The University of Vermont has chosen Food Systems as one of its Transdisciplinary Research Initiatives. The stated vision of the initiative is to develop solutions to pressing problems in food systems through world-class transdisciplinary research, teaching, and outreach dedicated to improving economic, ecological and human well-being.
Why economic? The economic theme focuses on markets and supply chains – and how regional models can positively and sustainably impact local, regional, national and global economies.
Why Vermont? There is broad interest in re-localizing Vermont’s food economy. We support a working landscape. As a result, food is a significant economic engine: 20 percent of private jobs and 31 percent of private business establishments involve the production, processing, distribution, sales or infrastructure of food.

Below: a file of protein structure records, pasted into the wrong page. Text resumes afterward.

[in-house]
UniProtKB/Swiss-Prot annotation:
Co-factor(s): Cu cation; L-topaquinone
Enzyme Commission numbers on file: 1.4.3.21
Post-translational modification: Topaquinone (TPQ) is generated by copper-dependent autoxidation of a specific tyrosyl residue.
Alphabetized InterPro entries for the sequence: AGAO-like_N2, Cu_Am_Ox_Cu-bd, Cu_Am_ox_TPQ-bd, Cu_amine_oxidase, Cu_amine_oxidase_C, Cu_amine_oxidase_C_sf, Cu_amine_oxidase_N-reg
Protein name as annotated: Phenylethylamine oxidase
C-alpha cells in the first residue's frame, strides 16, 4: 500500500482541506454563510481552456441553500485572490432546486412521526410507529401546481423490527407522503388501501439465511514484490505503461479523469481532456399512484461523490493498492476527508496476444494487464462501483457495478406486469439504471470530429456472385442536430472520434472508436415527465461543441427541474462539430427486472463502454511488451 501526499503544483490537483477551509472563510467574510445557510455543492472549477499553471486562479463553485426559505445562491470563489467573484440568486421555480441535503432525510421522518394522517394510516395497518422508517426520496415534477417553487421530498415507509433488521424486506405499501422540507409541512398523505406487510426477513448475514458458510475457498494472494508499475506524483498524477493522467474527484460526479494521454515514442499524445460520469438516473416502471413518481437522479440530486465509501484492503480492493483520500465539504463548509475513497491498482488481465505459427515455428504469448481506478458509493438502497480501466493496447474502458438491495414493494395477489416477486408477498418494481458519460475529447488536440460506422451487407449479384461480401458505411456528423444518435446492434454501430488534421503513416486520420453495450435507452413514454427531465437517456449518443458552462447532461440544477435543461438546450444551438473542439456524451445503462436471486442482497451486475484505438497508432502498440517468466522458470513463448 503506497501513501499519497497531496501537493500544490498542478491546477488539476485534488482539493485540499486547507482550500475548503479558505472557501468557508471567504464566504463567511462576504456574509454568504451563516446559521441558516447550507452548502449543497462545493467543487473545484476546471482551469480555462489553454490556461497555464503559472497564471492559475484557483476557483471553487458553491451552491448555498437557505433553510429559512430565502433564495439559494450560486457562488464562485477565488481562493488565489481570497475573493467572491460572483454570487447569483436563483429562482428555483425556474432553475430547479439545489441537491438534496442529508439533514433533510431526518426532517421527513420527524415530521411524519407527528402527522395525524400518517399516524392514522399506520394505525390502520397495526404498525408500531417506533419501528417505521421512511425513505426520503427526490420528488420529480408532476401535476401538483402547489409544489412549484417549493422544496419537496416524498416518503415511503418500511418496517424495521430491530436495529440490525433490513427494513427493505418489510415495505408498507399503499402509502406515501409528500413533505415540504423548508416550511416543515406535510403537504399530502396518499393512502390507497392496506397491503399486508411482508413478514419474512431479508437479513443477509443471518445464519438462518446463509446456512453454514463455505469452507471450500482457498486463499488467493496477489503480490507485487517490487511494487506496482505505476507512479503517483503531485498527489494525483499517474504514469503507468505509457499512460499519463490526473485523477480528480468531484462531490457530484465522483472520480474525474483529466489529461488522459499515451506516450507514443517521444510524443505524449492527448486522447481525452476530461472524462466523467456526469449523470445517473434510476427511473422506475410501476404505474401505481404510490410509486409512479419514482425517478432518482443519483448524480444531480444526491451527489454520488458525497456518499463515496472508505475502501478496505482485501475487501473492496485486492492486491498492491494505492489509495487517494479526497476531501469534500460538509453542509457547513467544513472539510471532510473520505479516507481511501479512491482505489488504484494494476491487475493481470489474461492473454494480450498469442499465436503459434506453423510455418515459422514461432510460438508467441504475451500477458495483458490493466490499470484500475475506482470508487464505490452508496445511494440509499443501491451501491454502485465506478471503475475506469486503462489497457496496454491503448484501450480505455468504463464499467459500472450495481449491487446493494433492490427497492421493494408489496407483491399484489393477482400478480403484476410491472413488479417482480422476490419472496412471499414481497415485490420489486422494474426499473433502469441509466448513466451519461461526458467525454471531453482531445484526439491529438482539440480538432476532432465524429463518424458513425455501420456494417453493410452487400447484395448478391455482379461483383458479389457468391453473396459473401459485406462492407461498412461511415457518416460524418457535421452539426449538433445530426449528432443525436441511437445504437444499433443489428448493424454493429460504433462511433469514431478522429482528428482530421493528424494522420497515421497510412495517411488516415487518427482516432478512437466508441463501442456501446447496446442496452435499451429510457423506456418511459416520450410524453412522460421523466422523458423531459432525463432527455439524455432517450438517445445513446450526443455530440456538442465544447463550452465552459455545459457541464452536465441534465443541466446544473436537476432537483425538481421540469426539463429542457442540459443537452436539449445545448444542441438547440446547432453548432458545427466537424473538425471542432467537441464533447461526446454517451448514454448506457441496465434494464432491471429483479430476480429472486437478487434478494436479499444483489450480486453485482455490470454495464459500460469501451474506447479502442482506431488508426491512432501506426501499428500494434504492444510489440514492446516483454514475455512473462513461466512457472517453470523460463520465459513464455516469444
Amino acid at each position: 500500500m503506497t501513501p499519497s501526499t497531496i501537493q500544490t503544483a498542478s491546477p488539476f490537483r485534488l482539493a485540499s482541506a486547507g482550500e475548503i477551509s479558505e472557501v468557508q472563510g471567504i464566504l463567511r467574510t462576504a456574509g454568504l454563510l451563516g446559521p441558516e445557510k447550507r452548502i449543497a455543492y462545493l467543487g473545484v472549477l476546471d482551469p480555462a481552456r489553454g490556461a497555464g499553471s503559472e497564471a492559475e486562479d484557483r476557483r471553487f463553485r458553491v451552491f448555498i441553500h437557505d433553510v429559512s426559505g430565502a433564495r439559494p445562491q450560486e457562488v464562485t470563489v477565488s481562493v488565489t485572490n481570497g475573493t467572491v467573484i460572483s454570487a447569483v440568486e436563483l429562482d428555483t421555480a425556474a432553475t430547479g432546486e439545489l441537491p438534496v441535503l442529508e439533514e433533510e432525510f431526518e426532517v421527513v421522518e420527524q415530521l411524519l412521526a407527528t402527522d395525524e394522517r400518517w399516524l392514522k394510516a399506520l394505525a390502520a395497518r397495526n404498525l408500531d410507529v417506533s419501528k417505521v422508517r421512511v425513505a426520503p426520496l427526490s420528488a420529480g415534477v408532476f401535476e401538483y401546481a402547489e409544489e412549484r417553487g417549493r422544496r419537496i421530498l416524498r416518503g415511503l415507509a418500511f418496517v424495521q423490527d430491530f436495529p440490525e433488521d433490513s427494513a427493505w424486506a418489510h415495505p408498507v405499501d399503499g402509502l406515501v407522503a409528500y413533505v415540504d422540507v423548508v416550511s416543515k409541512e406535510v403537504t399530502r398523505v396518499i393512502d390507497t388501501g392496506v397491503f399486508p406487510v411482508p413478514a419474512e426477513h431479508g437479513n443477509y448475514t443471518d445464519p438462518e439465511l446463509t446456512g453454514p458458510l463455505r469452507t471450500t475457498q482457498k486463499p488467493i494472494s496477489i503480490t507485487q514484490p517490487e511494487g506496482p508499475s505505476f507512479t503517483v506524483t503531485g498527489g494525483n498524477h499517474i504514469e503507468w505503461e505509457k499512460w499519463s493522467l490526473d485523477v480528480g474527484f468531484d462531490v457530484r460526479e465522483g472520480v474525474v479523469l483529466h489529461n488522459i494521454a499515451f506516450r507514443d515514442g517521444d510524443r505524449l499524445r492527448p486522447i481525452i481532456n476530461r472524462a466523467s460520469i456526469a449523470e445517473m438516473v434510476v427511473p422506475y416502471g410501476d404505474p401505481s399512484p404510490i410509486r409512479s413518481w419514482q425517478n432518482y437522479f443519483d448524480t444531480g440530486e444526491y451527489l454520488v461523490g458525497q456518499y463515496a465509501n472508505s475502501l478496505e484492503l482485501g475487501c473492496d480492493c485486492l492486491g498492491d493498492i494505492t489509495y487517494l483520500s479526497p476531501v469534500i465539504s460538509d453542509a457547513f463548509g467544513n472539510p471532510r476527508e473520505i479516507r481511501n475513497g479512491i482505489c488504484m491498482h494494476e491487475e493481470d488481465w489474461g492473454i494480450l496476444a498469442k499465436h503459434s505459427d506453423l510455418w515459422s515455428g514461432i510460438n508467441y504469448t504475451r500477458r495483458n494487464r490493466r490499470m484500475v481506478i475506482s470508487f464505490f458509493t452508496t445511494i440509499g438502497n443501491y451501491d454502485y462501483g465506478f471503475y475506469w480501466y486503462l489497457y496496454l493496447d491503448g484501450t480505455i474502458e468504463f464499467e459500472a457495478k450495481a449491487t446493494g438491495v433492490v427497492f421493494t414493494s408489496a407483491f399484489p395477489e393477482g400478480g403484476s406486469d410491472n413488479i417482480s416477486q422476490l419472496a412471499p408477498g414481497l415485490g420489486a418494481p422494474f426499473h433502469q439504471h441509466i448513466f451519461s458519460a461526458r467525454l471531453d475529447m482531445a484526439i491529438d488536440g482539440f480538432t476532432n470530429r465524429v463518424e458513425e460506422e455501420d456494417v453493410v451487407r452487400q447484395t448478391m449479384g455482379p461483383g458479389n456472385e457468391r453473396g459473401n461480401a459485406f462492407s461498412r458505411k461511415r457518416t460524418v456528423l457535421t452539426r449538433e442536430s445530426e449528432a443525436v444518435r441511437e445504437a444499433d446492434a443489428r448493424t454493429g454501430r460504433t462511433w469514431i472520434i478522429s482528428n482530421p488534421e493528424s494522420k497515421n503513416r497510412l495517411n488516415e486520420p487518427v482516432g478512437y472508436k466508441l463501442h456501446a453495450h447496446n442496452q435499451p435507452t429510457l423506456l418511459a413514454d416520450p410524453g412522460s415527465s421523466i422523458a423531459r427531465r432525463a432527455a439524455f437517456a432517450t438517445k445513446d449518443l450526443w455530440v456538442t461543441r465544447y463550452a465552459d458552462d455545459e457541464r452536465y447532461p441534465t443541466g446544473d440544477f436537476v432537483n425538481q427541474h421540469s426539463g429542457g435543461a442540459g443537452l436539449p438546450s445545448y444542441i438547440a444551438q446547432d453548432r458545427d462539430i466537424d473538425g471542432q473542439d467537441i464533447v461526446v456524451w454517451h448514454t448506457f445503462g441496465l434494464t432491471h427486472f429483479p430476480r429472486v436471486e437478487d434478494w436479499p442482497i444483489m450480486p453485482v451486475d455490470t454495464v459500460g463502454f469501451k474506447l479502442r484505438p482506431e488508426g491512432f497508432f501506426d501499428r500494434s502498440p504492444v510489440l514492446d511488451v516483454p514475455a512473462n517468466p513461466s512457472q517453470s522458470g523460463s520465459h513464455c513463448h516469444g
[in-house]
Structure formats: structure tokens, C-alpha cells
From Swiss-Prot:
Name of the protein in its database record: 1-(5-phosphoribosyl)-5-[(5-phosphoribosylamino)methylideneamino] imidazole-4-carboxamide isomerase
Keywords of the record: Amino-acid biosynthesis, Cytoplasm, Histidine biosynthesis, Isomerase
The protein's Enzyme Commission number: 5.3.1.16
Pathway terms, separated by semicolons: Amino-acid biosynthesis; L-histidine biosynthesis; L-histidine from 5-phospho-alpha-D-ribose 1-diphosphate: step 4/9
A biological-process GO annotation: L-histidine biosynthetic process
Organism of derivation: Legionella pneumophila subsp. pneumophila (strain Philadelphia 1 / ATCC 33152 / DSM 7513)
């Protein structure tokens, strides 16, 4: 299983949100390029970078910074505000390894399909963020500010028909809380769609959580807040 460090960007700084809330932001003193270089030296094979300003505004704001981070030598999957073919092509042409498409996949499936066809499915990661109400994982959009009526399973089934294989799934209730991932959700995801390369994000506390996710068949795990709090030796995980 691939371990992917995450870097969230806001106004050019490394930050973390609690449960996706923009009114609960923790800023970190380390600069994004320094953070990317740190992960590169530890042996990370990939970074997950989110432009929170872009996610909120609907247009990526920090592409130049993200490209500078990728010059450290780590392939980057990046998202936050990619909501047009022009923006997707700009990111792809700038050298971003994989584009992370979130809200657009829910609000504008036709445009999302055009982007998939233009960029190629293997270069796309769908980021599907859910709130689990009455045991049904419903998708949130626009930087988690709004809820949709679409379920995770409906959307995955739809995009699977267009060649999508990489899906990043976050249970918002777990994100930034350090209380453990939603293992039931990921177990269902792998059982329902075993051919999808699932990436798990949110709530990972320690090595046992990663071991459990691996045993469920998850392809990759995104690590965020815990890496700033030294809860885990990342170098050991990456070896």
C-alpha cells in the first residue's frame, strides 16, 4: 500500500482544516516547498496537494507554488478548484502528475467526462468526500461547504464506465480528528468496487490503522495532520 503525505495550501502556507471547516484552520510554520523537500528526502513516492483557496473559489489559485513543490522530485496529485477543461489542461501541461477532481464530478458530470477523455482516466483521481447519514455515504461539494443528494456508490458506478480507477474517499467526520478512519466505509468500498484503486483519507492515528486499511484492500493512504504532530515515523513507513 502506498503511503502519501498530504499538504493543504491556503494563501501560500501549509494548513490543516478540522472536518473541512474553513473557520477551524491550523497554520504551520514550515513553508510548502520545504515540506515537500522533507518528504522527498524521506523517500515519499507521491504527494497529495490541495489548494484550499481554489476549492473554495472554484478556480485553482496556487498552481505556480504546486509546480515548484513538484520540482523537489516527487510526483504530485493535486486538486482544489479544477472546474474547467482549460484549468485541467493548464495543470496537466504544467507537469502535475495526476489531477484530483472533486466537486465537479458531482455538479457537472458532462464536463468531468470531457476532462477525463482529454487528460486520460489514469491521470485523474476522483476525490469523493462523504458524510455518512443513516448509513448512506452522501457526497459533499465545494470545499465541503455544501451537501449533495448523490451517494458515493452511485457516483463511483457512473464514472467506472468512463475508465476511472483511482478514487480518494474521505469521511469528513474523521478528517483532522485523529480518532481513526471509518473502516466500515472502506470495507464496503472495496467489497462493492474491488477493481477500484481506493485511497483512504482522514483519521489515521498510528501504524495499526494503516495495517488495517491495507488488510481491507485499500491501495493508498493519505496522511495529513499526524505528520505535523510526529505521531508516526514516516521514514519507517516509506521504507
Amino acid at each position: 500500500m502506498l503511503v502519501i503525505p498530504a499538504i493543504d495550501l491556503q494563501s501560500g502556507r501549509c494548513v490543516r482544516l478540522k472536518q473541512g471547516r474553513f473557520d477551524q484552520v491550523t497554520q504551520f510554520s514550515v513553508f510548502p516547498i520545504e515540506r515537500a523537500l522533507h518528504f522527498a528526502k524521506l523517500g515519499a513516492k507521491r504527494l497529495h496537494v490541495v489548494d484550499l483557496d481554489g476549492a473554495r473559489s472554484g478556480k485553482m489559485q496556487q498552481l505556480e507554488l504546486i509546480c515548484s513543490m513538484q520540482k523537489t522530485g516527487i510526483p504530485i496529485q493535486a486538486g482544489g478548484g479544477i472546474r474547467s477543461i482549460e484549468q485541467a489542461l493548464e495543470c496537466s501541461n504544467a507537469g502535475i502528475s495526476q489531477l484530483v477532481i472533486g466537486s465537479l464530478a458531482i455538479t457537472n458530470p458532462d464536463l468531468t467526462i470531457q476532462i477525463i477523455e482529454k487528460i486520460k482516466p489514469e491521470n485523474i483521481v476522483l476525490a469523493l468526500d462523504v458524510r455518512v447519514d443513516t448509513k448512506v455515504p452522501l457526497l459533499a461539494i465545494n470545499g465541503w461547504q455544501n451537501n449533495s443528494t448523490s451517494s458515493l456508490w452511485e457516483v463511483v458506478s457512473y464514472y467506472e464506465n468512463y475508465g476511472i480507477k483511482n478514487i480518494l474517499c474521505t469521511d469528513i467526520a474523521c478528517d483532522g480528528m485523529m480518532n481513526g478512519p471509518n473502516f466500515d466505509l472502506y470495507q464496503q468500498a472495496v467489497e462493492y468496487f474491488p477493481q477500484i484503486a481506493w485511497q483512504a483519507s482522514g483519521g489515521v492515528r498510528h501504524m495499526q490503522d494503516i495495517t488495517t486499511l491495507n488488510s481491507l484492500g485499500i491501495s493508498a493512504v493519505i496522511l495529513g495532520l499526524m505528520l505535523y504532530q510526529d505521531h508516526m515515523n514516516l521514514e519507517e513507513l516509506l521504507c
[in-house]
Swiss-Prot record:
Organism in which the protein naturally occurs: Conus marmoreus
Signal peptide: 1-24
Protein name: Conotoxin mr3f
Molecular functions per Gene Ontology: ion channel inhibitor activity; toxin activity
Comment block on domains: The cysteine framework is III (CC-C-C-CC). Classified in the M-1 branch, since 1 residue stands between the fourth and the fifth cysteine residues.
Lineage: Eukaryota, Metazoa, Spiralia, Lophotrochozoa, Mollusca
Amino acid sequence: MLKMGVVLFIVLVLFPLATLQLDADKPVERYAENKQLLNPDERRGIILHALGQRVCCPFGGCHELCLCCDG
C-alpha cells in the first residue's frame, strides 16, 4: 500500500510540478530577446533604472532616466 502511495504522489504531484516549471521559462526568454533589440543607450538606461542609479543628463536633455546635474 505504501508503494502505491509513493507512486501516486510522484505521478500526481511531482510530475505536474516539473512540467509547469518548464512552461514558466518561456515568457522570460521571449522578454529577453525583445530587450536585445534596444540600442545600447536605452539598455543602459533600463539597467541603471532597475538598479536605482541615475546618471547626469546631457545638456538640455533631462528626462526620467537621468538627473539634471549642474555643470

Why UVM? Actualizing such a system requires an interdisciplinary team of faculty scholars with expertise in a broad range of food systems topics, including regional agrarian culinary history, product development and production efficiency, food pathogens and food safety, alternative regulatory and policy mechanisms, and processing and distribution channels to facilitate the emergence of new enterprises that exemplify viable regional food chains. Food scientists, anthropologists, economists, land use planners, policy specialists, engineers and agronomists at UVM are collaborating with local stakeholders, such as Hardwick’s Center for an Agricultural Economy, the Vermont Cheese Council and the Vermont Agency of Agriculture, Food and Markets to study the best methods of re-localizing the food system.
Economic Themed Posts
- Eric Holt-Gimenez Presents ‘How to Feed the World Without Destroying It?’ on March 18 at UVM
- UVM Extension Plays Key Role in Launching International Culinary Trail
- Erica Morrell to Speak about First Food Justice Nov. 7 at UVM
- Uncertainty Abounds with Farm Bill Expiration
- Dignity and Devastation in Vermont’s Dairy Industry